In the last few weeks, there have been quite a few great pre-prints posted on bioRxiv related to the analysis of a popular type of genomics data, called single-cell RNA-sequencing (scRNA-seq). The idea with this data is that you can measure genome-wide features (such as genes or transcripts) in individual cells, in contrast to more traditional bulk RNA-sequencing experiments where for each feature, you get an average of gene expression across all the cells in the sample. One key insight that has been widely talked about in the world of scRNA-seq data analysis is the over inflation of the number of zeros, or sparsity, of the data compared to bulk RNA-sequencing measurements. Therefore, for several years now, lots of work has been focused on developing zero-inflation aware methods. Many early contributions were based on what are commonly referred to as plate-based protocols as opposed to the more recently developed droplet-based protocols that have what are called unique molecular identifiers (UMIs) – little barcodes attached to the ends of the mRNA that remove certain biases related to PCR amplification. Here, I wanted to write up a quick blogpost summarizing one of the key takeaways that have come out from some recent pre-prints.
Droplet-based scRNA-seq data with UMI counts are not zero inflated
There were hints of this in 2017 [Vieth et al. (2017) and a blogpost by Valentine Svensson in 2017], but several recent pre-prints have come out supporting this idea. Townes et al. (2019) showed UMI count data derived from negative control scRNA-seq datasets (i.e. identical RNA was added to droplets and sequenced aka we do not expect any biological variation) are well-described by multinomial distributions, which can be approximated by Poisson and negative binomial distributions. A few days later Hafemeister and Satija (2019) independently published similar results, with a different error distribution. The next day, Svensson et al. (2019) took the analysis from his 2017 blogpost and converted it into a pre-print. Here, he took five negative control droplet scRNA-seq datasets (again, identical RNA was added to droplets and sequenced aka we do not expect any biological variation), and showed how the data – well 4 out of 5 datasets – dropseq was a bit wonky) fit nicely to a negative binomial distribution. This matches what previous authors have found Vieth et al. (2017). Svensson argues this suggests an over-abundance of zeros in biological data is likely real biological variation, as opposed to technical variation, which also been suggested by Andrews and Hemberg (2018) as a way to identify genes that contain biologically meaningful information.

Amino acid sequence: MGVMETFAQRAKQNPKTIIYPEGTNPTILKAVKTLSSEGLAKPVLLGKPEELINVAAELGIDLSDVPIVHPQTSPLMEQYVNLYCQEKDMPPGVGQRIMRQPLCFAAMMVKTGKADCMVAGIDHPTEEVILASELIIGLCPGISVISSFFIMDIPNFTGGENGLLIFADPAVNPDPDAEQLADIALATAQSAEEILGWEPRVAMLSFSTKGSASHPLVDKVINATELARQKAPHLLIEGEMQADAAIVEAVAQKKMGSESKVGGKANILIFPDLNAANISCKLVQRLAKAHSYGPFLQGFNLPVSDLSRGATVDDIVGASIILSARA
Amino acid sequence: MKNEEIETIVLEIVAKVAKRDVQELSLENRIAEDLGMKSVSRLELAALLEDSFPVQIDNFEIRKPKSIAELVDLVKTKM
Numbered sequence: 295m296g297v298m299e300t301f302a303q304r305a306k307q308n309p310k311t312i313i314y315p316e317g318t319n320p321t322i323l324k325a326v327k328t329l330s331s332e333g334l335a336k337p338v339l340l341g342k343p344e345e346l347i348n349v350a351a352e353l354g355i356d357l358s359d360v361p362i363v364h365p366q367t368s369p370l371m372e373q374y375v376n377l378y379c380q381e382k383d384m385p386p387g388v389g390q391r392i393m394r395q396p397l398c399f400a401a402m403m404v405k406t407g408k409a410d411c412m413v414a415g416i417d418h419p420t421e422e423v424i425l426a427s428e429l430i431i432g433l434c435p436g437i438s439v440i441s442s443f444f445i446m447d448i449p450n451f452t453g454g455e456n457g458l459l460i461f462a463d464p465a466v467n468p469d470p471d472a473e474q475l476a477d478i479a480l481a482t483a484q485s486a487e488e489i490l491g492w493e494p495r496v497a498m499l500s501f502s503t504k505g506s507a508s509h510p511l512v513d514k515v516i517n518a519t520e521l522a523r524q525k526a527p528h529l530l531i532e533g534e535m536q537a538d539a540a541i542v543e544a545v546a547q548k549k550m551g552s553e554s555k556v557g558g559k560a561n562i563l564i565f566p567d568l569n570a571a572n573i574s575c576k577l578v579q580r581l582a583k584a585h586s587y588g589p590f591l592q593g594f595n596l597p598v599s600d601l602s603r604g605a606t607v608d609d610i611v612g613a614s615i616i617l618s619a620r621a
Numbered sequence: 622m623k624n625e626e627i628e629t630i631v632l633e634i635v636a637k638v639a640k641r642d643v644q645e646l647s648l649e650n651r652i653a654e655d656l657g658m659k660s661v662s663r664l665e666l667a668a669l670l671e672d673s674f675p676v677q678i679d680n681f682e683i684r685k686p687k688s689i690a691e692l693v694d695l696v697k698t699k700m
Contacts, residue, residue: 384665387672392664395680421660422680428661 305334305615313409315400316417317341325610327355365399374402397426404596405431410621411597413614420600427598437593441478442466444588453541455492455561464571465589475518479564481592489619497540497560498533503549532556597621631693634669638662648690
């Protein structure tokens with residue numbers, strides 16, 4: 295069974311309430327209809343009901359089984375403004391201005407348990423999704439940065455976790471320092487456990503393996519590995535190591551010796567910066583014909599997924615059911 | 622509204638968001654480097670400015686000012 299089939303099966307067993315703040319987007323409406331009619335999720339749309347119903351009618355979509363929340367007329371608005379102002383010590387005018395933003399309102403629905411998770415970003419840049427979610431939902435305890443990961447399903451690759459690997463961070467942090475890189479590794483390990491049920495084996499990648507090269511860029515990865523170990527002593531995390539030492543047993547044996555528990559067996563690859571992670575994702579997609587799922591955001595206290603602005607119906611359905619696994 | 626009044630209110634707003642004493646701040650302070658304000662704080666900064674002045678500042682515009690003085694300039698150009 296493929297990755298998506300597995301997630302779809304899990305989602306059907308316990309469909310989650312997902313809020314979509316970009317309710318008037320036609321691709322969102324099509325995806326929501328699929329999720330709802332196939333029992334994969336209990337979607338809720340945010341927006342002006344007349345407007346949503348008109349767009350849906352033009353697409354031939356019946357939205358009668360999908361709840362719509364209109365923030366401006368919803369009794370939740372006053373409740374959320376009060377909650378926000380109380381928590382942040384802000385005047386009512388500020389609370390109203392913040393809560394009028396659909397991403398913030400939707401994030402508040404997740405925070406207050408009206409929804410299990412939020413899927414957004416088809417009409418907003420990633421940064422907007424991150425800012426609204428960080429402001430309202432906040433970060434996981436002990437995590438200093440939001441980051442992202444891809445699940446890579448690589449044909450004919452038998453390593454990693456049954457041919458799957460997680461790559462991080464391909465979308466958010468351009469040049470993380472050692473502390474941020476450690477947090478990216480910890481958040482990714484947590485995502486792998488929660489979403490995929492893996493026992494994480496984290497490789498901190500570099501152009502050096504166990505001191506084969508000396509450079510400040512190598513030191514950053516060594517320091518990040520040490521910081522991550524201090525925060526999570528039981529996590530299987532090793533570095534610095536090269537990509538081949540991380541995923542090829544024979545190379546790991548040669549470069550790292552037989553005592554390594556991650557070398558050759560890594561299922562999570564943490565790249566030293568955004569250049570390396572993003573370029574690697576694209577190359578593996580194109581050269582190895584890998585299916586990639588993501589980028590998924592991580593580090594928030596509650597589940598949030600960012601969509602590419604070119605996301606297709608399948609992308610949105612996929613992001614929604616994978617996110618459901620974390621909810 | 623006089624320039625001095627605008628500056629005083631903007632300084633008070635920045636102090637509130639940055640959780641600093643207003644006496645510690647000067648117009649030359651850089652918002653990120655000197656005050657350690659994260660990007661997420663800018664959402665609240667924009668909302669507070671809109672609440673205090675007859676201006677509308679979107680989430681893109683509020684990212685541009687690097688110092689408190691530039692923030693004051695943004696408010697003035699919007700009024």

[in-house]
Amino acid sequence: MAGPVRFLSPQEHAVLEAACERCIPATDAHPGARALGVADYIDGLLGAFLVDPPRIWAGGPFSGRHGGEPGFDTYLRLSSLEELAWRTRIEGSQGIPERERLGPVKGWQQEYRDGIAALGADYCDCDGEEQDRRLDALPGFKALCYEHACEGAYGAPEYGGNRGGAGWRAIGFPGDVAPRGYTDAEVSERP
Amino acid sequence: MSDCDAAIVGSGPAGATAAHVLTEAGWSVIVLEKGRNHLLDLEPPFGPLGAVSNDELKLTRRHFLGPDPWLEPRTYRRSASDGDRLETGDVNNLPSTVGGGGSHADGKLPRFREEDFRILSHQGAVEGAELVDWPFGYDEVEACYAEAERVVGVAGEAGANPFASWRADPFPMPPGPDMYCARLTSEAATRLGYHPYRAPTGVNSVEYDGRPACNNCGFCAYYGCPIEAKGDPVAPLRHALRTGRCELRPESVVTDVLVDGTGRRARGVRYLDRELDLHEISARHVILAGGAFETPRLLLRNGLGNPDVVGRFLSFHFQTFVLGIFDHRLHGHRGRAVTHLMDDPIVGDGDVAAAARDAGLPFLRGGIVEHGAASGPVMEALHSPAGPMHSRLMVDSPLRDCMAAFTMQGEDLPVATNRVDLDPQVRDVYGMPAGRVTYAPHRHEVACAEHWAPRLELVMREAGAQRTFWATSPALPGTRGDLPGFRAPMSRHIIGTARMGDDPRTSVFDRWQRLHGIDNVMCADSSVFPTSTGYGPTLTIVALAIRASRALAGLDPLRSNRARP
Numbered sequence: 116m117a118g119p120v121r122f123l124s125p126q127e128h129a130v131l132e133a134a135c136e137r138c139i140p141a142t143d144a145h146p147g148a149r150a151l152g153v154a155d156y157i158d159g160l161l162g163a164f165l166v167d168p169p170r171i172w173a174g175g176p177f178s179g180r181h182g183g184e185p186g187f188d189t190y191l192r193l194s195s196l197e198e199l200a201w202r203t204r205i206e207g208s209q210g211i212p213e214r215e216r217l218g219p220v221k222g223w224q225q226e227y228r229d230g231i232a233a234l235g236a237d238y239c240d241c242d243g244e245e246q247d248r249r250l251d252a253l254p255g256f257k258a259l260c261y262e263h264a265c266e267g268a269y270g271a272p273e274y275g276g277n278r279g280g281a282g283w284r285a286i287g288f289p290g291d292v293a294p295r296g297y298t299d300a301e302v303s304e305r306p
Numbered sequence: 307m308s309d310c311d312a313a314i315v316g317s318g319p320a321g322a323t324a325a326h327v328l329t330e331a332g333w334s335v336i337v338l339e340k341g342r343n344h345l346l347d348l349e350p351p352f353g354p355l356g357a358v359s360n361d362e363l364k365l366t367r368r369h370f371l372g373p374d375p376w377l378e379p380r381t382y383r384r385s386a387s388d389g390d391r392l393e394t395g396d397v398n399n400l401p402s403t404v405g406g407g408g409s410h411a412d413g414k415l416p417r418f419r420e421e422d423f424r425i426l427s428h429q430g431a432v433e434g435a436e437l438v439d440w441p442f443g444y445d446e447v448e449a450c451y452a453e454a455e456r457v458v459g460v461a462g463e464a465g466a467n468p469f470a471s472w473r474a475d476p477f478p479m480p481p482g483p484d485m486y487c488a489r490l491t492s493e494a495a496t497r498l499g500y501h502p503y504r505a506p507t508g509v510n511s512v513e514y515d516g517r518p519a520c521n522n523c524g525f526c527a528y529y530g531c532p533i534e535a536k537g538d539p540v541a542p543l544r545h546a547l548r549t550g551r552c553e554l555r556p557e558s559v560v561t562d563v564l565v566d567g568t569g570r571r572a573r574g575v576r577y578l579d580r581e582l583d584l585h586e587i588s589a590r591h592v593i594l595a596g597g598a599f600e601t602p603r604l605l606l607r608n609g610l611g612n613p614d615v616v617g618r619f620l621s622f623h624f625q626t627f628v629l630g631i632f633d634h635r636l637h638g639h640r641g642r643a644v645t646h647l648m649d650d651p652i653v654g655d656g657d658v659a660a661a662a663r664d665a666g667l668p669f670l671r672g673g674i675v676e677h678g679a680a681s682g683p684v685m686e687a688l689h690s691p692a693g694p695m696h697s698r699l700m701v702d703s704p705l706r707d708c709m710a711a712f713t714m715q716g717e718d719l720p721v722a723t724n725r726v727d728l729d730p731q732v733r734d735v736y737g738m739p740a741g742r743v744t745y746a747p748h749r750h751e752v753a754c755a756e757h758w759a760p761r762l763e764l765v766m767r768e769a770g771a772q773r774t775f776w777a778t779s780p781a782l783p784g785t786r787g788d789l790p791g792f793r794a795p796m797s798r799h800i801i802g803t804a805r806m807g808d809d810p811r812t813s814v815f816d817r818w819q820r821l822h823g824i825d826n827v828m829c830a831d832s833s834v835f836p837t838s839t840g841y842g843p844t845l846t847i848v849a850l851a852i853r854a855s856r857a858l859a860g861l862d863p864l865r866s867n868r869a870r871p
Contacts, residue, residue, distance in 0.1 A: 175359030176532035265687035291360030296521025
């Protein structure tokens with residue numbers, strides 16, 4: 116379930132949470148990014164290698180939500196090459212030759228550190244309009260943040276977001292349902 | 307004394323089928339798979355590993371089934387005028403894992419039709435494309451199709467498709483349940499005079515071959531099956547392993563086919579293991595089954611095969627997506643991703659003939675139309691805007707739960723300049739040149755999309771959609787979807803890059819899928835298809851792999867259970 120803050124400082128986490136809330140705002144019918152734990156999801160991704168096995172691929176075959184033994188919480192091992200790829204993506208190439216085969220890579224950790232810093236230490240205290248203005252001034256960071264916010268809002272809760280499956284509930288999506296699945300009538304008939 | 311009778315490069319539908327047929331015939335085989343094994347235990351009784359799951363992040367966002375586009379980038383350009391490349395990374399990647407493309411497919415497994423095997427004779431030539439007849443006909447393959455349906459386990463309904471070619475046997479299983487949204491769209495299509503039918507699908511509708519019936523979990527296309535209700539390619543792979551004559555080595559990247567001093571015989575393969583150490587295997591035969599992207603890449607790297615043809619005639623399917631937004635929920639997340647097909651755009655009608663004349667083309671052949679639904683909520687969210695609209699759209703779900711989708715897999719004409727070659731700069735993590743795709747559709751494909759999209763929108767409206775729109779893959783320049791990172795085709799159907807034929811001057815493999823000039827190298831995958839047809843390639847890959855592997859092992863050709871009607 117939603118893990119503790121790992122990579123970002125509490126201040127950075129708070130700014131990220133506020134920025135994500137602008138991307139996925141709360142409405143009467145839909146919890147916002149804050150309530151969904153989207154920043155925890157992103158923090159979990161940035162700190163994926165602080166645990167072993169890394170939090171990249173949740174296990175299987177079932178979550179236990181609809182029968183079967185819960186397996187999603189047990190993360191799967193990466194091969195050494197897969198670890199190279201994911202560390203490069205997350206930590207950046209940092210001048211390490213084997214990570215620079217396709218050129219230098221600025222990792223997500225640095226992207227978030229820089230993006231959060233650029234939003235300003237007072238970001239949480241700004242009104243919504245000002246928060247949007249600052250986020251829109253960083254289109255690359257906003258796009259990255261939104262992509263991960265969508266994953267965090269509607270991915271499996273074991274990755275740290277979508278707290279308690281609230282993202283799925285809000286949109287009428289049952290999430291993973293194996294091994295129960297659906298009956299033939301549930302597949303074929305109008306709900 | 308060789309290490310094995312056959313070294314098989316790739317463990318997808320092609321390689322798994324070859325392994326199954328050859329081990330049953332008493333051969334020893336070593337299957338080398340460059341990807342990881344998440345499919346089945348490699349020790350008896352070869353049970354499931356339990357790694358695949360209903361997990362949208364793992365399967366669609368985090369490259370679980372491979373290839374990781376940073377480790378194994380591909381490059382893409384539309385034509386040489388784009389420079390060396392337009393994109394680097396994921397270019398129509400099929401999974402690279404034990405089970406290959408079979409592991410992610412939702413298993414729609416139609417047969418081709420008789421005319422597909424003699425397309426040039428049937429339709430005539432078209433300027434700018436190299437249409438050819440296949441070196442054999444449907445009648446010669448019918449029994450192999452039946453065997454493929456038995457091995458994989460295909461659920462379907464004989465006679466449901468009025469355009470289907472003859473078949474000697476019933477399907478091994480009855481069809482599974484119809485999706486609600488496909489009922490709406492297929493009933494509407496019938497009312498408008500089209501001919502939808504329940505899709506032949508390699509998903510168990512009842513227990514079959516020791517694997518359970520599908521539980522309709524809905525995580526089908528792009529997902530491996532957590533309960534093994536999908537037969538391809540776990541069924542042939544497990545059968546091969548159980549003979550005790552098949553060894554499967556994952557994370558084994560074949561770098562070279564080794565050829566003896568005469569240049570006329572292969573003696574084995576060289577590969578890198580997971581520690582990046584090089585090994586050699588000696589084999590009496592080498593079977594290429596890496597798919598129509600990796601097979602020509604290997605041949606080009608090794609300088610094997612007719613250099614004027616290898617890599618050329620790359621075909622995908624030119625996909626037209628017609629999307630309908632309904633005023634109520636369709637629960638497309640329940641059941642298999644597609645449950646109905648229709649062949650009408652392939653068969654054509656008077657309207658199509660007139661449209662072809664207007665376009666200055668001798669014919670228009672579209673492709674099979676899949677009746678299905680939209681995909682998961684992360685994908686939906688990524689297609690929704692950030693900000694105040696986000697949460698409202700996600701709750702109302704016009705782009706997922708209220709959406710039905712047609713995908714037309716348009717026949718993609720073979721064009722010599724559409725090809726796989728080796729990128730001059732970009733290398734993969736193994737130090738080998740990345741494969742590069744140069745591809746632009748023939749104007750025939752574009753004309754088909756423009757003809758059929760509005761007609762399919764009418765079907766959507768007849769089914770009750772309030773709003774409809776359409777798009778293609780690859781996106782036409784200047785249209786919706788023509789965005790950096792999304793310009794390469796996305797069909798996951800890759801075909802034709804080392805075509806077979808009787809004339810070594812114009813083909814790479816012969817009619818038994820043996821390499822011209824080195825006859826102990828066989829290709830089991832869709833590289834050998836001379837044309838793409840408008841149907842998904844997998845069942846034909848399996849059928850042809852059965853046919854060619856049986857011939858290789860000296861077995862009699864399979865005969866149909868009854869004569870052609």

Both Townes and Svensson hypothesize that the zero-inflation in non-UMI data is related to the outliers in PCR duplicated counts, which is corrected by the use of UMIs. Svensson does not perform a similar assessment of plate-based scRNA-seq datasets because no comparable negative control data exists or plate-based methods. However, Svensson goes on to hypothesize that plate-based methods might introduce an additional layer out count noise leading to over dispersion and manifesting as additional zeros.
What does this mean for the field going forward? This means that the choice of methods used for the analysis of scRNA-seq data will likely vary depending on the type of protocol used to generate that data. I guess this is not so suprising, but methods do matter and the assumptions behind those methods are important to think about. However, ultimately I’m just excited to see such great work from multiple groups all converge on a similar idea. Hope this helps to move the field forward.